3. The law applicable is contained exclusively in the Agency Rules already referred to. The only provision for appeal is Rule 16. allowing an appeal from the Assistant Agent to the Agent, and there is, of course, the provision in Rule 20 for the powers and control exercisable by this Court. Those provisions apply only to decrees; and we have been able to find no provision for appeals against either orders passed in execution or other orders of a miscellaneous character. If then we are constrained to regard the Assistant Agent's order as passed on a petition and as not constituting a decree we shall have to hold that the appeal to the Agent was rightly rejected by him and to dismiss the present petition. To support the position that orders in execution are not appealable there is a decision in Sri Sri Sri Vikramadeo Maharajulum Garu v. Sri Niladevi Pattamahadevi Garu I.L.R. (1902) Mad. 266 and there is clearer authority in Venkatanagabushanam v. Mahalakshmi 34 M.L.J. 524 to show that miscellaneous orders by an Agent or Assistant Agent can be displaced only by an application to the Governor in Council.

4. The result, however, is not, in our opinion, to limit a person in the 1st respondent's position to a petition, as the means by which he can make his claim. The consequence is that, if he approaches the court in order to do so, he should be regarded rather as availing himself of the only remedy, which the law in the Agency tracts provides; that is, the institution of a suit. The fact that he himself described his action as a petition and referred to a provision of the Civil Procedure Code, which was wholly irrelevant, cannot prevent us from ascertaining what was the real character of the proceedings or from treating them as what they really were, especially when we have not been shown how any unfair prejudice to any of the parties to them is to be apprehended. The necessary averments for a suit by a claimant were contained in the 1st respondent's petition and the proper defences were put forward in the petitioner's counter petition. If the proper issues were not joined, that was, as already pointed out, through no fault of his. It may be observed that there is no reason why the existence in the Agency Courts of a remedy by way of claim petition should be assumed. For the claim procedure is not a part of English law and there is no reason for regarding it as anything but a special provision of the Code or importing it into a legal system which has always stood on an independent, foundation. In these circumstances, we feel at liberty to treat the proceedings as taken in the only manner avilable to the 1st respondent, by suit and therefore to regard the orders of the Assistant Agent and the Agent as decrees, the former being appealable and the latter being subject to the interference of this Court with reference to Rule 20.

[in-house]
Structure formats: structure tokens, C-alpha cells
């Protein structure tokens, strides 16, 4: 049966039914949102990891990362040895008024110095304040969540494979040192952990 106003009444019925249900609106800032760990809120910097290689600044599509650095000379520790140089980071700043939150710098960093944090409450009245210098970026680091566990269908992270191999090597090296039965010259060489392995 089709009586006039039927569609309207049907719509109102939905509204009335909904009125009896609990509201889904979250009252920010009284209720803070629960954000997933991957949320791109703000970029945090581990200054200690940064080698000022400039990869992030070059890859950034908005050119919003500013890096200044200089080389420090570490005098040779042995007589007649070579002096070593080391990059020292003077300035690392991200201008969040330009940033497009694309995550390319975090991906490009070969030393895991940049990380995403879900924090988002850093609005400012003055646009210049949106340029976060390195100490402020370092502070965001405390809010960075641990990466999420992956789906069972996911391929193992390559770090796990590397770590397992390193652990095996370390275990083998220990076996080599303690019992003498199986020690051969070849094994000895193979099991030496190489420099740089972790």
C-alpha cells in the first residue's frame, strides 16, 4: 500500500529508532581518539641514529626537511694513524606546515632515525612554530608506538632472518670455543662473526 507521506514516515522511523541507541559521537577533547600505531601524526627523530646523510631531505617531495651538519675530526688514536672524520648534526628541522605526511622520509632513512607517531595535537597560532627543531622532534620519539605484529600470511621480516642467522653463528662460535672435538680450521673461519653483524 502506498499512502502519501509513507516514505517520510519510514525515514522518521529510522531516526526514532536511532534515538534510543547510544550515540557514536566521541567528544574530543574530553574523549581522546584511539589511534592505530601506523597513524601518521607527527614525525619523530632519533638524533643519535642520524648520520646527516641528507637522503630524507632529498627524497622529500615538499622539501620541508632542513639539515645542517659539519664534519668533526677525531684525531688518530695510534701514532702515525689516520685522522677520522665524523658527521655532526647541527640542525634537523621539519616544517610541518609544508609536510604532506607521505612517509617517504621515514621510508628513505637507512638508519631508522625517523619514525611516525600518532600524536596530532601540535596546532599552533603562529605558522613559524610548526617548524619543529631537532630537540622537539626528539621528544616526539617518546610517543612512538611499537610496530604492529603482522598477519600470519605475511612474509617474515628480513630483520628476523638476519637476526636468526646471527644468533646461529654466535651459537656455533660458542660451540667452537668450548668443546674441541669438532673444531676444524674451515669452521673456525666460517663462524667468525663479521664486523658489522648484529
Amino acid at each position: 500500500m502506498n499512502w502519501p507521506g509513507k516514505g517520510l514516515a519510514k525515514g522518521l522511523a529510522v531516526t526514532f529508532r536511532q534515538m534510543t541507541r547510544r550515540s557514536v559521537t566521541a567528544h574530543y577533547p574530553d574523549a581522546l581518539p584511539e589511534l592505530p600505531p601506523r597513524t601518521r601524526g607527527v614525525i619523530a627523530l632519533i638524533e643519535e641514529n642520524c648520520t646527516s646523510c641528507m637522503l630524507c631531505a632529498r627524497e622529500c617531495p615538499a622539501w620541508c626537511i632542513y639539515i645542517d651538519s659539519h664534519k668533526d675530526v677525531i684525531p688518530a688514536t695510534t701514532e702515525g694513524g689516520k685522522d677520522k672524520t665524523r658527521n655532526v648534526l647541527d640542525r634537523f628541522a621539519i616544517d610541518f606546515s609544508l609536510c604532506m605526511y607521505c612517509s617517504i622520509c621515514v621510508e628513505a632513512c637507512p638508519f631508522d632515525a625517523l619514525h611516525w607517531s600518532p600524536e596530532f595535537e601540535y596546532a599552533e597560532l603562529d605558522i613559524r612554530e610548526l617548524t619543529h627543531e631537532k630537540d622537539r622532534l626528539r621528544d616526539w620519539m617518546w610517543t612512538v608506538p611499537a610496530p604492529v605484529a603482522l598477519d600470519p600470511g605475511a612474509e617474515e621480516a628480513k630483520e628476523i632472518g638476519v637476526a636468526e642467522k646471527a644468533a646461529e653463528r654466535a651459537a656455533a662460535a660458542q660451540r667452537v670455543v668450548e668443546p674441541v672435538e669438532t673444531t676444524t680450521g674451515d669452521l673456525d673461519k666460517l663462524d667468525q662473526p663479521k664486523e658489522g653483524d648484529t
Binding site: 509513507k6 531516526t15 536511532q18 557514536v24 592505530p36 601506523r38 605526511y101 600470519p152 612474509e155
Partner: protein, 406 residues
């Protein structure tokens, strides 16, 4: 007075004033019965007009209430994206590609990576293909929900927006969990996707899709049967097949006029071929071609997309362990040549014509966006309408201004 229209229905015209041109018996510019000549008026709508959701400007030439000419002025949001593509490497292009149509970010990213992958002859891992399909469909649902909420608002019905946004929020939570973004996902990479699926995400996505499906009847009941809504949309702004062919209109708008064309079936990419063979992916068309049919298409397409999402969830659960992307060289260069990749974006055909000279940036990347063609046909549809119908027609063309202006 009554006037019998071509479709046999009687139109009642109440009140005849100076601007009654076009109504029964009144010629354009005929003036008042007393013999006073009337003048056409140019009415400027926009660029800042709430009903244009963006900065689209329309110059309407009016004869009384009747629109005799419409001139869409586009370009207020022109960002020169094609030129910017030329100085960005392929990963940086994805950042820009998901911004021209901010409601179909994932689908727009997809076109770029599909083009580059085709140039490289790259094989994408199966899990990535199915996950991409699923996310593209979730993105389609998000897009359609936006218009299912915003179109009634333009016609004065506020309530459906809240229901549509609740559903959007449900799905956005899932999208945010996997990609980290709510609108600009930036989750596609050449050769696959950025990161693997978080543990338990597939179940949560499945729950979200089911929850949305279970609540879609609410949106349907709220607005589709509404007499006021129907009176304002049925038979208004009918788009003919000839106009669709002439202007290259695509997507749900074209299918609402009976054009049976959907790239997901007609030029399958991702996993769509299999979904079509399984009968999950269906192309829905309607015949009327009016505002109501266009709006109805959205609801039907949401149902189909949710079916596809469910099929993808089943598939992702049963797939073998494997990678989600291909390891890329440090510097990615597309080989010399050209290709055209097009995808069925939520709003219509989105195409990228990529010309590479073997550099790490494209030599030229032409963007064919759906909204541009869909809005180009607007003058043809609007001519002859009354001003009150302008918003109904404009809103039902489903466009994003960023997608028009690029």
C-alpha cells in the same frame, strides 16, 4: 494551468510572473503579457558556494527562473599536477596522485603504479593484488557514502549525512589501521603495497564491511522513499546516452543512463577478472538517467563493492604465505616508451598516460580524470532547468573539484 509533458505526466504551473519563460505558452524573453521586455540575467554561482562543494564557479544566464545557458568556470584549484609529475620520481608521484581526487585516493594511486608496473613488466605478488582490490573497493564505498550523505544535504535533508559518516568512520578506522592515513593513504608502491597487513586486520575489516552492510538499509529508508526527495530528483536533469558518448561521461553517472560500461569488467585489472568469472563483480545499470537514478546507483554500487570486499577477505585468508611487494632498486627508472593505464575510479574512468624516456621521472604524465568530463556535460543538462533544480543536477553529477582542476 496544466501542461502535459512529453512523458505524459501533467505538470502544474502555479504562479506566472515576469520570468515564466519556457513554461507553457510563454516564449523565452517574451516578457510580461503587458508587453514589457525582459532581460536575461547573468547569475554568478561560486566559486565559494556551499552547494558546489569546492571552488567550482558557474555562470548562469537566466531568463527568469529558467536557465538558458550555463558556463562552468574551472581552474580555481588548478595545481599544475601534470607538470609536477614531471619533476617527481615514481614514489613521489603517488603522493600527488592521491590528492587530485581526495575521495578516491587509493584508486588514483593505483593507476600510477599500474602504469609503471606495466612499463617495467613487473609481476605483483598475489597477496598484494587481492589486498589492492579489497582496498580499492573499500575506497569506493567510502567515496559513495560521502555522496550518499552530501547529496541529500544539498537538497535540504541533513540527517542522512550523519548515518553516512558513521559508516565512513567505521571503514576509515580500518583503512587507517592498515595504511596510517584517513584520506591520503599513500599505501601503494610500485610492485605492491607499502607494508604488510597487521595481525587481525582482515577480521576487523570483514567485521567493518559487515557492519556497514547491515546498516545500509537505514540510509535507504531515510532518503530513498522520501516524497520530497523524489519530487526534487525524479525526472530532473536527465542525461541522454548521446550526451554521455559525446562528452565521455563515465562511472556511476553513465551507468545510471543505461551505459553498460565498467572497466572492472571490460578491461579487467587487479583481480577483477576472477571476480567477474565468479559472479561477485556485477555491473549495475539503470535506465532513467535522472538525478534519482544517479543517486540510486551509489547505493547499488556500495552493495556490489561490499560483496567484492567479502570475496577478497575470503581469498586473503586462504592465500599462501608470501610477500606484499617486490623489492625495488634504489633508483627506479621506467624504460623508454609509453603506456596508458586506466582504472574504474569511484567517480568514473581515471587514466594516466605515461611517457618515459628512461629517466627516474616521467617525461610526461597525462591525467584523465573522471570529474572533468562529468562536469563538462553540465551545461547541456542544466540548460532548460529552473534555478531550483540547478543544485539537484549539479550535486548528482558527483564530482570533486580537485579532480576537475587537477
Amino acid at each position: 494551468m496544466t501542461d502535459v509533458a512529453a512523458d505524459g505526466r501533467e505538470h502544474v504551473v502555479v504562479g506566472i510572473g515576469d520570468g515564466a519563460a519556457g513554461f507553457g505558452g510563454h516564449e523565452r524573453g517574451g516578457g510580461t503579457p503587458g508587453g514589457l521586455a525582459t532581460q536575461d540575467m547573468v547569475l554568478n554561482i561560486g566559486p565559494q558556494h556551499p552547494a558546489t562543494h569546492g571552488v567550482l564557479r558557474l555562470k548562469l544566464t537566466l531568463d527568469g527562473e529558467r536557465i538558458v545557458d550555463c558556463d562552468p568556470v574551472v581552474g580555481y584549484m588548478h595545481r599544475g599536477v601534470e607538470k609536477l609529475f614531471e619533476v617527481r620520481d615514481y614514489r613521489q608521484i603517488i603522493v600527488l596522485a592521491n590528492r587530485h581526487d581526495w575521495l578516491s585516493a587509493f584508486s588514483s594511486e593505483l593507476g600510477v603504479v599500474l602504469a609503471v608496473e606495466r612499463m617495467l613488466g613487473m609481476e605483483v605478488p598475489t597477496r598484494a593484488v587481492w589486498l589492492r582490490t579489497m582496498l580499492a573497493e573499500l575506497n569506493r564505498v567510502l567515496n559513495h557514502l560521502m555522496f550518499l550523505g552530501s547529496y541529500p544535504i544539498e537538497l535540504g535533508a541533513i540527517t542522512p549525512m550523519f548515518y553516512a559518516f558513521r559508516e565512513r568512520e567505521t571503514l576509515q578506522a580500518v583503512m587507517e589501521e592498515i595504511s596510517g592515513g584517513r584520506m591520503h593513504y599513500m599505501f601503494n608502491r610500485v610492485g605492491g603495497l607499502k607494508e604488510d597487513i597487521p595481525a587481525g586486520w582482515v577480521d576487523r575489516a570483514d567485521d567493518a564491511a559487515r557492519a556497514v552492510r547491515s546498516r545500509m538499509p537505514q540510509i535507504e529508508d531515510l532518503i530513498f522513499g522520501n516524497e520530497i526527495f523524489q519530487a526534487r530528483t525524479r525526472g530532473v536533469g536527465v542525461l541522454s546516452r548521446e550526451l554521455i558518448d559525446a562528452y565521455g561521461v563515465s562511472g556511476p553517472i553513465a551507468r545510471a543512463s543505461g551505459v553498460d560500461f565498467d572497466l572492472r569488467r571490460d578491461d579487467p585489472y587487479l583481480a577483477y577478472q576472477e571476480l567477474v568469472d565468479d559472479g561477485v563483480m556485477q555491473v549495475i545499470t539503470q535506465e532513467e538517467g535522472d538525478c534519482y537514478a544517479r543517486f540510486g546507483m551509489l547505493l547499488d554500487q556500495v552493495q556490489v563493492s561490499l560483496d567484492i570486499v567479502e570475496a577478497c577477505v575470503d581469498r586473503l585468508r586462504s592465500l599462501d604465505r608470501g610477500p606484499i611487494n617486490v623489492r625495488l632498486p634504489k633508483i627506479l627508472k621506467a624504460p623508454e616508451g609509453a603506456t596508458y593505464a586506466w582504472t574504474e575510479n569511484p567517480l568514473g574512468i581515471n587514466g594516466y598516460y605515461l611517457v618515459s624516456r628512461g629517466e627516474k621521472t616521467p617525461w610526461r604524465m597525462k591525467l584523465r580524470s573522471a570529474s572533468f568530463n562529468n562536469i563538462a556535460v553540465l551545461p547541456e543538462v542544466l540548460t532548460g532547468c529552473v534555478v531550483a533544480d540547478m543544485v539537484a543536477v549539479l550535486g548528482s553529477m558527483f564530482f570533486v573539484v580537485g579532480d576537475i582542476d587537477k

5. Taking this view, we must direct the Agency Commissioner to review his order after hearing the appeal on the merits in the light of the foregoing. In doing so, we take the opportunity to refer to a statement made by Mr. Appa Rao on behalf of the petitioner before us, which is entirely consistent with the record, that his client was not heard before the order was passed. We are constrained to call the attention of the Agency Commissioner to this irregularity in his predecessor's procedure. Secondly we observe that the Agency Commissioner should, in dealing with the merits of the case consider before deciding against the petitioner whether the scope of the trial was not unduly limited by an unnecessary regard for the provisions of the inapplicable Order 21, Rule 59. We direct that costs of the proceedings in the court here and in the lower courts to date be costs in the cause and follow the result.